Scientists have created the world's first living, self-healing robots using stem cells from frogs. Named xenobots after the African clawed frog (Xenopus laevis) from which they take their stem cells, the machines are less than a millimeter (0.04 inches) wide -- small enough to travel inside human bodies. They can walk and swim, survive for weeks without food, and work together in groups. These are "entirely new life-forms," said the University of Vermont, which conducted the research with Tufts University's Allen Discovery Center. Stem cells are unspecialized cells that have the ability to develop into different cell types.
Artificial intelligence promises to enable machines or bots to take on the heavy-duty work of many parts of enterprises. Now, there are increasingly more initiatives, as well as vendor products, that will autonomously take on the heavy-duty work of information technology departments as well. The automation of IT functions has been evolving for decades, of course -- from job-scheduling systems in the 1990s to self-healing systems introduced more than a decade ago. These days, IT automation goes by many names -- such as autonomous systems, self-driving systems or bots. Lately, more of it is falling under the moniker of AIOps, joining the parade of xOps methodologies, promising to apply AI and machine learning to mechanize, standardize and automate the delivery of IT services.
Researchers at US university Carnegie Mellon have created a new electrically conductive material that can repair itself, presenting new opportunities for soft robotics and wearable technology. Combining properties of metal and plastic, the supple, stretchy material can be used to make circuits that stay operational even after sustaining physical damage. The discovery opens up the possibility that robots may one day have sensor-laden skin that can repair itself like a human's, or that we could sport ultra-thin wearable devices on our bodies for long periods of time without them degrading. "This could have important applications in areas like wearable computing, where you want circuits you can incorporate into textiles or place on your skin, and just like natural skin if you get bruised or cut, your skin is able to repair itself," says Carmel Majidi, an associate professor of mechanical engineering, in a video produced by Carnegie Mellon University (CMU). "Our material also has this property."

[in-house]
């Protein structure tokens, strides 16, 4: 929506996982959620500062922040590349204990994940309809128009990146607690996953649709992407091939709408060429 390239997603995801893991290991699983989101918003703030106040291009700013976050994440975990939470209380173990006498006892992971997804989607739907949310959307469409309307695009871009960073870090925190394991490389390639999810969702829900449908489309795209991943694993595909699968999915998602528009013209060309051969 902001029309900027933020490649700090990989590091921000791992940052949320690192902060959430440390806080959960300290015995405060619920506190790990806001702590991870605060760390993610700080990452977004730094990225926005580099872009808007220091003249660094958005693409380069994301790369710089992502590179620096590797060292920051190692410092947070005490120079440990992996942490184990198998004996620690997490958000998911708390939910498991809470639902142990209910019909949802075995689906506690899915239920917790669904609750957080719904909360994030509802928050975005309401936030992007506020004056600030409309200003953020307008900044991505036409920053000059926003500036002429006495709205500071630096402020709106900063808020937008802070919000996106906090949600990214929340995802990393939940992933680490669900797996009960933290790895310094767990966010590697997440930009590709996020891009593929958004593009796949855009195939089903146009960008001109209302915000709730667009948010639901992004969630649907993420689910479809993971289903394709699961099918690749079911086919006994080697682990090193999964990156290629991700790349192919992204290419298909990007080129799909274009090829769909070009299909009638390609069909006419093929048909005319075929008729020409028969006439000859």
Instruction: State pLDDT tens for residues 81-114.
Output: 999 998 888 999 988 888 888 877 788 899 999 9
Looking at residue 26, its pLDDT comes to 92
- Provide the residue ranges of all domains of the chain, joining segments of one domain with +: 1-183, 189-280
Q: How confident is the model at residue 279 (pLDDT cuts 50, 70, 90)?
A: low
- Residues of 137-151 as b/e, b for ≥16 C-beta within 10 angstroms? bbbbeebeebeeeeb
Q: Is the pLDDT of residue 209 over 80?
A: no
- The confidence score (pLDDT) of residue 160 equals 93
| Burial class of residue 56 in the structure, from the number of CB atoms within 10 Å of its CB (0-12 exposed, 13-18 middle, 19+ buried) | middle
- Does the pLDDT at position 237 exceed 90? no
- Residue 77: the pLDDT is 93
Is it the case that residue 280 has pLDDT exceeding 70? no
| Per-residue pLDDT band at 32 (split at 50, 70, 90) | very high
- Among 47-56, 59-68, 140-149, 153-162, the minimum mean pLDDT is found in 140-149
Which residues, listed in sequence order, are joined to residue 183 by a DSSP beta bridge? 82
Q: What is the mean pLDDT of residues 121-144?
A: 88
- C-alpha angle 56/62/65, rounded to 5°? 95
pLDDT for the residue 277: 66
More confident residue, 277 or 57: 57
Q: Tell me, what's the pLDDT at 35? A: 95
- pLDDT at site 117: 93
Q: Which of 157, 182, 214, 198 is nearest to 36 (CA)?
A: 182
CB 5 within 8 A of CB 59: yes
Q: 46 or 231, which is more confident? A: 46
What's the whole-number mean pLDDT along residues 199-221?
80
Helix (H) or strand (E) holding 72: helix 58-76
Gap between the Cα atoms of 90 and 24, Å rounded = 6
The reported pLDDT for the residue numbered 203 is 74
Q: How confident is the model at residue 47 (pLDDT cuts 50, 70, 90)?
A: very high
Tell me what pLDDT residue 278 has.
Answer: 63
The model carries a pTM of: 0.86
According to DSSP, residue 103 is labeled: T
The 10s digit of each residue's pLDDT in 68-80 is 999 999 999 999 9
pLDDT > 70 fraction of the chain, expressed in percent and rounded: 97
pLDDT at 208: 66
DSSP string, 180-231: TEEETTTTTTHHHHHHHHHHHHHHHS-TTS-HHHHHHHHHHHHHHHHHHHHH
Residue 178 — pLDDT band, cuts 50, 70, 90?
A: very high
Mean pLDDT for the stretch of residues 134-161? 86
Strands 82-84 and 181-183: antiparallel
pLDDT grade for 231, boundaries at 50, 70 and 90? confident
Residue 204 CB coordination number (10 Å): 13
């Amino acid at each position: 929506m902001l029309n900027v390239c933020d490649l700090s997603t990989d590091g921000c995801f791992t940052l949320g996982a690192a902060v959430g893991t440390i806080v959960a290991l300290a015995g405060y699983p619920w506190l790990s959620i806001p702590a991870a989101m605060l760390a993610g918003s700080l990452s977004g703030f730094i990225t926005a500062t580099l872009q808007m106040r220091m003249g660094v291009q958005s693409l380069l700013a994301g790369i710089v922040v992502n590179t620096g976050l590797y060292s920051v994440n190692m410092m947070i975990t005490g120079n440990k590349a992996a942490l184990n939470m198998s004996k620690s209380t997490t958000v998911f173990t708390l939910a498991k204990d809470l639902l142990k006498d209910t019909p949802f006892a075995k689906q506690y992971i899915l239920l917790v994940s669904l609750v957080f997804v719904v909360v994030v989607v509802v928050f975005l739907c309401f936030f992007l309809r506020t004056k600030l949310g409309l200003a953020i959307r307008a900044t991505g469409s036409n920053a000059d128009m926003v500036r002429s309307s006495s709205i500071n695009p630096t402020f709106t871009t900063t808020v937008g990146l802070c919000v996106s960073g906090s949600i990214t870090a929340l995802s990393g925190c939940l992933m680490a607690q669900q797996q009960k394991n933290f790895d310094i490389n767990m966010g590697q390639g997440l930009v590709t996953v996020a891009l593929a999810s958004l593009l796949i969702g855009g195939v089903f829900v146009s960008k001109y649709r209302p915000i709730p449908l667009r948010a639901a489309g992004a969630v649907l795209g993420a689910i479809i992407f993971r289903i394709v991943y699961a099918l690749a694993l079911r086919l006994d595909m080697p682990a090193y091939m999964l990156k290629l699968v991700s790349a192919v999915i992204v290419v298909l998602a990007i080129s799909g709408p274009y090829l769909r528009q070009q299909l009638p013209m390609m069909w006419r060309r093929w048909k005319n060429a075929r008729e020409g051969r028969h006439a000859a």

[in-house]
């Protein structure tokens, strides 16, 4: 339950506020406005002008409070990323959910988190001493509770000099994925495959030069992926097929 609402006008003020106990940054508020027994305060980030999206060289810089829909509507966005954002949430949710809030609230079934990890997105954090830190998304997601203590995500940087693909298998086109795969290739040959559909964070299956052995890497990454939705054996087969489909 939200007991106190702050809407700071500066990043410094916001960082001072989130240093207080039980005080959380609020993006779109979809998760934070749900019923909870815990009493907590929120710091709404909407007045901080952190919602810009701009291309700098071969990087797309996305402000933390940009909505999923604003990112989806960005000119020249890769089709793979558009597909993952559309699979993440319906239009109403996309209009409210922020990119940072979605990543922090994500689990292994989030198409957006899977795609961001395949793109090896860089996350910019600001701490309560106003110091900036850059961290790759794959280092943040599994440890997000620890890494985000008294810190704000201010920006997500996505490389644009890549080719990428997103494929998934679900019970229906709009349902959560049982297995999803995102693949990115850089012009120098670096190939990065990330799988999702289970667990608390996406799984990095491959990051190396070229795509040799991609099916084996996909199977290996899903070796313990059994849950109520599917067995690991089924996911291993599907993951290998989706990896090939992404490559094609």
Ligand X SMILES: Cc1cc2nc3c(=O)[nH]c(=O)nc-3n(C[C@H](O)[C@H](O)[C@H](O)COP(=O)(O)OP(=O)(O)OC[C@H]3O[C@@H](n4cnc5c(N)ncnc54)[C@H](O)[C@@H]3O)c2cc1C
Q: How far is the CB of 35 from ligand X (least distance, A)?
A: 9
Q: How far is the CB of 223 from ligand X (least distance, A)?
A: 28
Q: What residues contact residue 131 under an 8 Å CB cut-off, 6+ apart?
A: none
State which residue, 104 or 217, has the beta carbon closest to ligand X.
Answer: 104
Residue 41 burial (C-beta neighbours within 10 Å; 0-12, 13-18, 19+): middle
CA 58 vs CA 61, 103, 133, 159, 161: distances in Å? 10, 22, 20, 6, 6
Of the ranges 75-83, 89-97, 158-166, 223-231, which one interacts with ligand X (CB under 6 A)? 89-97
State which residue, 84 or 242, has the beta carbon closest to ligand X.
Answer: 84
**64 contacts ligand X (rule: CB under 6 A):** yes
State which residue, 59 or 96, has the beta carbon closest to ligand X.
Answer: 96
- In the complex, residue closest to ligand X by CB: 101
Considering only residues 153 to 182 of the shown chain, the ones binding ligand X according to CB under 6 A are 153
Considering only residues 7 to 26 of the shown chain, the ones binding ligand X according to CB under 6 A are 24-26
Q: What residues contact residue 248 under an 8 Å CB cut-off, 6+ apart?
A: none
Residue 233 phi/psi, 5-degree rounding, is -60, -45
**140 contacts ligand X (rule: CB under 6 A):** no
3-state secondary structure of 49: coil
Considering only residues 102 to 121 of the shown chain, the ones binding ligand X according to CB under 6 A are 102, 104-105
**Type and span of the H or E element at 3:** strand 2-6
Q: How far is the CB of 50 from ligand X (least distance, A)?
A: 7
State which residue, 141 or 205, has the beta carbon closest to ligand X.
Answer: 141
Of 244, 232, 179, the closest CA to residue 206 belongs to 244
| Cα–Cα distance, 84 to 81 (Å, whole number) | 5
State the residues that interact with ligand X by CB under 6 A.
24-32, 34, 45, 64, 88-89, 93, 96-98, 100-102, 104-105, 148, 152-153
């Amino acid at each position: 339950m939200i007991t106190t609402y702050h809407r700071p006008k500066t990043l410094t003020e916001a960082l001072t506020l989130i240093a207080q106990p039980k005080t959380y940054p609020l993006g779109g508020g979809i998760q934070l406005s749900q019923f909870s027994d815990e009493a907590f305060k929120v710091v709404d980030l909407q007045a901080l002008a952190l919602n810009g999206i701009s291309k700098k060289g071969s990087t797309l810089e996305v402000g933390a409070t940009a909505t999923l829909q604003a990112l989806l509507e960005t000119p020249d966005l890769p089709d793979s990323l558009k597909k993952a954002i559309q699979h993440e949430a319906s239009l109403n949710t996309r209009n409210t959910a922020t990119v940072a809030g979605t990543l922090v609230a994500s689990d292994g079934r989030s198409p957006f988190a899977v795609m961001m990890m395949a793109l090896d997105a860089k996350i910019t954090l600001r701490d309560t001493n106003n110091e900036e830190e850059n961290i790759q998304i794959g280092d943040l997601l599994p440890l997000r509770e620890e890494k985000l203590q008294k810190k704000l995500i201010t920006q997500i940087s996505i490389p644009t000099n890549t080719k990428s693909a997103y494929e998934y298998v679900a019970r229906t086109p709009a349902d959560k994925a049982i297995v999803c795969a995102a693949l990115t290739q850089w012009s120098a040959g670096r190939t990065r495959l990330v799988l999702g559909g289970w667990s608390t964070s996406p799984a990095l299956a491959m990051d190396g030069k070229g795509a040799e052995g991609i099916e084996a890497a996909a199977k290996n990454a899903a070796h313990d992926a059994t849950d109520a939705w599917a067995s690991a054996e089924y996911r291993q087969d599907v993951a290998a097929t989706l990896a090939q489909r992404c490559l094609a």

Russian author Boris Zhitkov wrote the 1931 short story Microhands, in which the narrator creates miniature hands to carry out intricate surgeries. And while that was nearly 100 years ago, the tale illustrates the real fundamentals of the nanoscience researchers are working on today. Nanoscience is the study of molecules that are one billionth of a metre in size. Roald Dahl's Charlie and the Chocolate Factory has made millions of mouths water over the years, thanks to the author's vivid descriptions of quirky tastes and inventive sweets. In reality, there aren't chewing gums that taste like a three-course dinner just yet, but food manufacturers have been working on ways to change tastes and textures using molecular tech To put this into perspective, a human hair is between 50,000 and 100,000 nanometres thick.
Along with an entire generation of comic book fans, Chao Wang grew up following the exploits of Wolverine, a.k.a Now an assistant professor of chemistry at University of Califormia, Riverside, Wang recently paid tribute to his childhood hero, in a chemical engineering sort of way. Wang and a group of collaborators have developed a transparent and stretchable material that could give future robots the ability to heal rapidly, similar to Wolverine's handy superpower. According to the research team, the space-age material could power artificial muscles that mend themselves after injury or normal wear-and-tear. Researchers say that the artificial skin represents the first time scientists have created an ionic conductor that's stretchable, transparent and able to heal itself.